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Why Warren Buffett Is Wrong About Passive Investing

We all heard it as kids. And we’ve all said it as parents: Do as I say, not as I do.

That seems to be billionaire Warren Buffett’s attitude when it comes to investment advice. For years, the beloved Sage of Omaha has urged investors to take a simple and passive approach; to buy index funds and reap the rewards of the market’s long-term overall upward march.  But that’s not how Buffett invests his money.

Warren Buffett is a famously active investor, which means he regularly buys and sells individuals stock in pursuit of gains that surpass the market’s performance. Specifically, Buffet looks for stocks that are undervalued and poised for growth.

Buffett took this approach from his mentor, Harvard Business School professor Ben Graham. Graham used P/E, Price to Book and dividend yield to ferret out stocks that he believed were undervalued by the market. Holding such equities for at least five years is a powerful way to generate returns, Graham believed. Once a stock has grown to a value reflective of the company’s performance, it’s time to sell it, reap the gains and find another undervalued share.

How has that system worked out for Buffett and like-minded investors? Let’s look at the results of the S&P 500 vs. owning only the bottom 20% of stocks on a P/E basis from 1968 until 2012. We’ll assume that you owned that bottom 20% for five years then switch to the latest batch of under-valued shares.

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In every one of those five-year cycles — 68-72, 73-77, 78-82, 03-07, 08-12 — the basket of the lowest 20% P/E won outperformed the S&P.  During that span, the S&P 500 index averaged a very respectable 9.5% —  $100,000 would have become $5.9 million. But the “value” approach averaged 15.1%. How big a difference does that make in terms of dollars? $100,000 invested using the Graham/Buffett system would have turned into $57 million.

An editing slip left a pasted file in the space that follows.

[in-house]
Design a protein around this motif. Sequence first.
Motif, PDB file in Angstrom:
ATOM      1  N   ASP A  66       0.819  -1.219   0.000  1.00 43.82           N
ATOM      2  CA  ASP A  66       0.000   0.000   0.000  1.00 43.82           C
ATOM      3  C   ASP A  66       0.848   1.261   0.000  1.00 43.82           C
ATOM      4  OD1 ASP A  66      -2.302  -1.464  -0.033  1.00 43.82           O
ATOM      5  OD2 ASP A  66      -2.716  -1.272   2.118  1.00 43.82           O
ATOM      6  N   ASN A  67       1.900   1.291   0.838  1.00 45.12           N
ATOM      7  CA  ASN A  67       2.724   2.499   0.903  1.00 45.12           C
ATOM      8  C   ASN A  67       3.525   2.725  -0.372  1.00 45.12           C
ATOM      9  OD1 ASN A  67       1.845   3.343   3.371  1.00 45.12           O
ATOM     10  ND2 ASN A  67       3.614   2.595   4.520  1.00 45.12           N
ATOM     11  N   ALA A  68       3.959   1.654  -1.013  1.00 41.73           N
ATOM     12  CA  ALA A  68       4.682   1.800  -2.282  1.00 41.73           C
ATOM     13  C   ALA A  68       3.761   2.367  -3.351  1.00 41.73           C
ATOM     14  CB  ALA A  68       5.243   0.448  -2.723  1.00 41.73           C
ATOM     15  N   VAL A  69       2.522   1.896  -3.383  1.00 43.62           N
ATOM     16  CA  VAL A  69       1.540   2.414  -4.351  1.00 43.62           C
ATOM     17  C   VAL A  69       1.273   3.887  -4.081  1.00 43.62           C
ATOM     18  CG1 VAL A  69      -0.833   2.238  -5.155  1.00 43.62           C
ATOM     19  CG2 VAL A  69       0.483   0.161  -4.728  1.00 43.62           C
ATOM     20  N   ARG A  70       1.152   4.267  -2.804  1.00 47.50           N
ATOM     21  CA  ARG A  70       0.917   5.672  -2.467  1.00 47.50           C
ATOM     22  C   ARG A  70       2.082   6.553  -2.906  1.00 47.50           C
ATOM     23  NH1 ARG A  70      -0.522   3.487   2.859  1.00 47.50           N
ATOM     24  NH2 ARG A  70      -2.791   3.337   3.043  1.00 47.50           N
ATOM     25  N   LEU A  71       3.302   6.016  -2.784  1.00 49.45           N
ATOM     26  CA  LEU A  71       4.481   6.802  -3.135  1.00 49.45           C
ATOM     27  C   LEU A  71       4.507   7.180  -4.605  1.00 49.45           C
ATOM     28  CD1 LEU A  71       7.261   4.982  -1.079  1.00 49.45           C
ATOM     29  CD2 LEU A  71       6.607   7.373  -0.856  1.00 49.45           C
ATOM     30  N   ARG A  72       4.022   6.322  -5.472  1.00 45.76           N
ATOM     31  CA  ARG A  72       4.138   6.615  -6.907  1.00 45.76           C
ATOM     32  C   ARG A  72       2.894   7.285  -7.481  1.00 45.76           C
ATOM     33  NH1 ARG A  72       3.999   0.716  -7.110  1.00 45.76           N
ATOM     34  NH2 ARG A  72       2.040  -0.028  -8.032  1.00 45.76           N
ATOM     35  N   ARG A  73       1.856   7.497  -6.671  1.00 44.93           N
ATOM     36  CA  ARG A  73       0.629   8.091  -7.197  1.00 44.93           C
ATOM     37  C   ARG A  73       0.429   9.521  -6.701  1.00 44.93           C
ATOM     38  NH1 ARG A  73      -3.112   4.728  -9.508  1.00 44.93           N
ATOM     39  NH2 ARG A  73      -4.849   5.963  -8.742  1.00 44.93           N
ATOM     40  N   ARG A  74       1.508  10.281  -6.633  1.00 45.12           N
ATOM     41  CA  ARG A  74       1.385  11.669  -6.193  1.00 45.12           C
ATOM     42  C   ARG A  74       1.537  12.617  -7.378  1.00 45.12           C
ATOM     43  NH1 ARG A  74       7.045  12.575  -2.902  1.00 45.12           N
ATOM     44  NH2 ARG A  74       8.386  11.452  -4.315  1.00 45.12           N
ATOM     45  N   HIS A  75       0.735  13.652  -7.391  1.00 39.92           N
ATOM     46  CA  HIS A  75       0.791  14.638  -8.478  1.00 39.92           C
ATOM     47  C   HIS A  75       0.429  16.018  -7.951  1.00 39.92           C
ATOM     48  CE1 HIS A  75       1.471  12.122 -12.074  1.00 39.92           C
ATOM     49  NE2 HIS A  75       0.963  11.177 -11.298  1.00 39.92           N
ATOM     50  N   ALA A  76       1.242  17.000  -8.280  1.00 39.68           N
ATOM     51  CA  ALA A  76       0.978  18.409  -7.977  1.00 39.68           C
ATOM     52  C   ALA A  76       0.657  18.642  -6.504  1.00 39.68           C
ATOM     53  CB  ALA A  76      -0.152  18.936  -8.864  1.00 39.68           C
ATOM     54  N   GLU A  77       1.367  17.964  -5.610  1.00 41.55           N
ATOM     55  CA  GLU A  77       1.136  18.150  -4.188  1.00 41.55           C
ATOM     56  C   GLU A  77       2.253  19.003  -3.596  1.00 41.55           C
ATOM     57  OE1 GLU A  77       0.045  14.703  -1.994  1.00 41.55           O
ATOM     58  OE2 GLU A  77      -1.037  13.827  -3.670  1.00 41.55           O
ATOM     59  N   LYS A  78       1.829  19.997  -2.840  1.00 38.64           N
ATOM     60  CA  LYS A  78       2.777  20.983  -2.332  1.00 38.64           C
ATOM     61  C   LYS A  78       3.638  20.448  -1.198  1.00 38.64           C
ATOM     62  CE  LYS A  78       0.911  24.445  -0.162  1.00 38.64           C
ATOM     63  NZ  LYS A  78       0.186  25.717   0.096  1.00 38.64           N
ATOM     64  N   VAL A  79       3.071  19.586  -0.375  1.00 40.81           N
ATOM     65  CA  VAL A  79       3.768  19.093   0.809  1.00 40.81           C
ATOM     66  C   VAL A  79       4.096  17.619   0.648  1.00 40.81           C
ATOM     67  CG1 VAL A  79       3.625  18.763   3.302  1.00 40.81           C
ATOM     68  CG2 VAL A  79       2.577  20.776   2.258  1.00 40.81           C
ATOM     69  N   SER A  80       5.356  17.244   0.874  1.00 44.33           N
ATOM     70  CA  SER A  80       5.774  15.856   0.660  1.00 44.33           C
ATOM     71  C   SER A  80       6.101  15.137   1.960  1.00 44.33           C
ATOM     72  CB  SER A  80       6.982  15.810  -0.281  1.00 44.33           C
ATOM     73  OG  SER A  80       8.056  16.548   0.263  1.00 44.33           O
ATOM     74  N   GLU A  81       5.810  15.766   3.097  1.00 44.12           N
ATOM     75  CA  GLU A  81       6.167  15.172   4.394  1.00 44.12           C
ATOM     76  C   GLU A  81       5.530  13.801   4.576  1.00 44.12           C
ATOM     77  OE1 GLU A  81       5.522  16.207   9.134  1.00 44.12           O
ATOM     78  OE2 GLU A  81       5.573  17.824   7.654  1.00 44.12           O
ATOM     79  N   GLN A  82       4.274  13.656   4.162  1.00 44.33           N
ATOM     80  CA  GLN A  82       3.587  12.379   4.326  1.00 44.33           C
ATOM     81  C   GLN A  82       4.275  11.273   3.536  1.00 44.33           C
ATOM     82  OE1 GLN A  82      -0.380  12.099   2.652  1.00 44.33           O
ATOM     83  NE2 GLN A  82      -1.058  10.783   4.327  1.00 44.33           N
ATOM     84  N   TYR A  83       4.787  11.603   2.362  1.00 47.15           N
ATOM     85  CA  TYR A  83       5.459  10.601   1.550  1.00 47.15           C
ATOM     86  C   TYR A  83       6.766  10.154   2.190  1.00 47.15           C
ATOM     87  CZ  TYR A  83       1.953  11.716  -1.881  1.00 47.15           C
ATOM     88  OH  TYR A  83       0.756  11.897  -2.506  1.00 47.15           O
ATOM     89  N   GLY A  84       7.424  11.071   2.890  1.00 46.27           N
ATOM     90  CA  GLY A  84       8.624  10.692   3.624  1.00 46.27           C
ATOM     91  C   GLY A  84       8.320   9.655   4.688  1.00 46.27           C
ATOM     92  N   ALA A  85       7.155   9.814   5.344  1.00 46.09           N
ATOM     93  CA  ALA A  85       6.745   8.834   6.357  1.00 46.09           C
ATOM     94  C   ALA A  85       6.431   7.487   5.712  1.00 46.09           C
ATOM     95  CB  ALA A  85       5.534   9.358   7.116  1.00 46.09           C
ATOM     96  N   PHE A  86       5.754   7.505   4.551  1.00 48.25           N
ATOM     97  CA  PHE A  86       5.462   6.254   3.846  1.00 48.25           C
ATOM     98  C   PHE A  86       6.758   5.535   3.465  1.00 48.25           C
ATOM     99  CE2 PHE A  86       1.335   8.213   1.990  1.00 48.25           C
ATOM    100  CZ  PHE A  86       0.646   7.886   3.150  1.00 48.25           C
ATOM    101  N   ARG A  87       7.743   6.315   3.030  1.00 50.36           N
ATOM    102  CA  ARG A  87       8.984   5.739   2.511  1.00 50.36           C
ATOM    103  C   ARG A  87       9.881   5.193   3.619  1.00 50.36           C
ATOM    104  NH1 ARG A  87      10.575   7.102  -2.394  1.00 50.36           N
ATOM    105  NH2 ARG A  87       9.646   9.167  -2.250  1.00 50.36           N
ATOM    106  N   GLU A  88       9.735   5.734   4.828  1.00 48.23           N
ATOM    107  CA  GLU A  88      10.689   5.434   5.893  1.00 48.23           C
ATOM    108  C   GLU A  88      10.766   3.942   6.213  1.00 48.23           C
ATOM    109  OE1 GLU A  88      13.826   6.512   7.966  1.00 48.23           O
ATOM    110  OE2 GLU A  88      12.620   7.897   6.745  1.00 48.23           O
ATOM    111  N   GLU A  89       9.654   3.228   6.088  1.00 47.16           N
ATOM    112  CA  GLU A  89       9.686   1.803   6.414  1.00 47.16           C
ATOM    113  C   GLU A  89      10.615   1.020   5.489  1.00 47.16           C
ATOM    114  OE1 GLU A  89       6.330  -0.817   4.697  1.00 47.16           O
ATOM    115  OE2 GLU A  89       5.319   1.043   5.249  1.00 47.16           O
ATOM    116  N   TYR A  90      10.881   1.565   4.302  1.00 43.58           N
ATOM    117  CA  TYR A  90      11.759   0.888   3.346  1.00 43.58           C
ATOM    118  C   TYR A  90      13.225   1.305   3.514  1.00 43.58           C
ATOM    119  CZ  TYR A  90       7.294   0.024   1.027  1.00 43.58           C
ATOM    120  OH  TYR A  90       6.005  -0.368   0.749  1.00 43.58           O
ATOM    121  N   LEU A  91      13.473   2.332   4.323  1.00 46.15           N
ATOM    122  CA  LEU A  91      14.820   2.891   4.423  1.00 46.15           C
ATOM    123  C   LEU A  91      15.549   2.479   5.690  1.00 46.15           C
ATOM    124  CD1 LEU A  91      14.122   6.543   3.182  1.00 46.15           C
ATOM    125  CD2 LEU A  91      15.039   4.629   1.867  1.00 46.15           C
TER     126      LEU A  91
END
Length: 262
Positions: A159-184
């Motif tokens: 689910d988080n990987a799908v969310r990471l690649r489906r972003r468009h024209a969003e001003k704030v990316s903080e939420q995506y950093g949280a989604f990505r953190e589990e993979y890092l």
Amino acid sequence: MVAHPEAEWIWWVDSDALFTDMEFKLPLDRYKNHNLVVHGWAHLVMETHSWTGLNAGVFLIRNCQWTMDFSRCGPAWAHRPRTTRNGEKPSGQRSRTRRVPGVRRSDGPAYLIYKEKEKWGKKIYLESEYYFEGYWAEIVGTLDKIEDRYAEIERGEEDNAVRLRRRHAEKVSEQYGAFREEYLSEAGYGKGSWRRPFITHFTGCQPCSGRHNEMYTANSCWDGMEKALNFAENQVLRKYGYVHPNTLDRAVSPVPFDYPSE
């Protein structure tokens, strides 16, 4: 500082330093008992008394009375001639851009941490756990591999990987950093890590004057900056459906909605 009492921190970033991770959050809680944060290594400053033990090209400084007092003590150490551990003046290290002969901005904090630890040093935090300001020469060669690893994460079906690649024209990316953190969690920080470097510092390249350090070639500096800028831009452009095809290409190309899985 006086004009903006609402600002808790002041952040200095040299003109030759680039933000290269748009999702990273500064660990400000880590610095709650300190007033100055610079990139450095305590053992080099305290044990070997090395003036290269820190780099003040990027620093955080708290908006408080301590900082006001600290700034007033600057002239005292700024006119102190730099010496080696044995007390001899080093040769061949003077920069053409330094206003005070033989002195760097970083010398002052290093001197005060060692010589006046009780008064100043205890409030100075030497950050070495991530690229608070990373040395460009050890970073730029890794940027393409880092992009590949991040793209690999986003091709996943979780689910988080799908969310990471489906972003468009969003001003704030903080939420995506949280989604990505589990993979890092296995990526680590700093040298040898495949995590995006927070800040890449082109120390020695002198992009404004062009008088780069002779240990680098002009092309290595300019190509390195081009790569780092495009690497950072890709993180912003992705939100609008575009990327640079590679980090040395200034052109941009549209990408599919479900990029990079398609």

So, why isn’t everyone using this approach? Because it’s demanding. Active investing requires a great deal of time, passion and attention. Not all investors want to make that sort of commitment. But of more significance, active investors must have a certain level of emotional fortitude. You have to be in for the long haul, even when things get rough. In that 1968-2012 timeframe there were several serious downturns -19% -46%, -34%. Investors who grew afraid and bailed during those tough times missed out on the long-term prize.

All of this bolsters my long-held belief that the best way for the average investor to maximize their return is to create a portfolio that holds a mix of both passive and active mutual funds and ETFs. The active funds offer the chance to make hay on under-valued and higher-risk stocks without the investor having to immerse himself in the intricacies of individual companies and equities. Such a portfolio should, of course, reflect its owner’s particular tolerance for risk.

As to why Warren Buffett says one thing and does another. I don’t know. Go ask your mother.

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